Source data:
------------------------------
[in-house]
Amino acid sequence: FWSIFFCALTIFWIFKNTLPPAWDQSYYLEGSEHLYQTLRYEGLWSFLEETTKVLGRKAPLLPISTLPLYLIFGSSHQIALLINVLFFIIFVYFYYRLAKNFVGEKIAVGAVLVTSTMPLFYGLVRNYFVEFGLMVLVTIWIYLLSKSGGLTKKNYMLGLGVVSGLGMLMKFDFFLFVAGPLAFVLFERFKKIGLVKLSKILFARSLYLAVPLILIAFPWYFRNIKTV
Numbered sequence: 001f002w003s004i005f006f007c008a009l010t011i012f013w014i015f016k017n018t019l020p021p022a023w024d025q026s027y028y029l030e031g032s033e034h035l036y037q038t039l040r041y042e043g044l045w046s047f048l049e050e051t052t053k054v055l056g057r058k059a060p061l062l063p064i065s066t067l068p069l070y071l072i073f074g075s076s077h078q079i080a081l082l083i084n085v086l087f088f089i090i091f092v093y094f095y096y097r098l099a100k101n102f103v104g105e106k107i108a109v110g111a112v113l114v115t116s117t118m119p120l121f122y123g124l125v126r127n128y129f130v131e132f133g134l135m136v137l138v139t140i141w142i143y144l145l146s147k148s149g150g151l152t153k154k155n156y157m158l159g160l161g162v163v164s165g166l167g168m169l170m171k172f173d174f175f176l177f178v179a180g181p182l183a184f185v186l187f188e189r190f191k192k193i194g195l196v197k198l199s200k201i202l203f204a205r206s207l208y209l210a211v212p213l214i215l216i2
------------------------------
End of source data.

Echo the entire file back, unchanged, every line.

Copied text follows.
[in-house]
Amino acid sequence: FWSIFFCALTIFWIFKNTLPPAWDQSYYLEGSEHLYQTLRYEGLWSFLEETTKVLGRKAPLLPISTLPLYLIFGSSHQIALLINVLFFIIFVYFYYRLAKNFVGEKIAVGAVLVTSTMPLFYGLVRNYFVEFGLMVLVTIWIYLLSKSGGLTKKNYMLGLGVVSGLGMLMKFDFFLFVAGPLAFVLFERFKKIGLVKLSKILFARSLYLAVPLILIAFPWYFRNIKTV
Numbered sequence: 001f002w003s004i005f006f007c008a009l010t011i012f013w014i015f016k017n018t019l020p021p022a023w024d025q026s027y028y029l030e031g032s033e034h035l036y037q038t039l040r041y042e043g044l045w046s047f048l049e050e051t052t053k054v055l056g057r058k059a060p061l062l063p064i065s066t067l068p069l070y071l072i073f074g075s076s077h078q079i080a081l082l083i084n085v086l087f088f089i090i091f092v093y094f095y096y097r098l099a100k101n102f103v104g105e106k107i108a109v110g111a112v113l114v115t116s117t118m119p120l121f122y123g124l125v126r127n128y129f130v131e132f133g134l135m136v137l138v139t140i141w142i143y144l145l146s147k148s149g150g151l152t153k154k155n156y157m158l159g160l161g162v163v164s165g166l167g168m169l170m171k172f173d174f175f176l177f178v179a180g181p182l183a184f185v186l187f188e189r190f191k192k193i194g195l196v197k198l199s200k201i202l203f204a205r206s207l208y209l210a211v212p213l214i215l216i2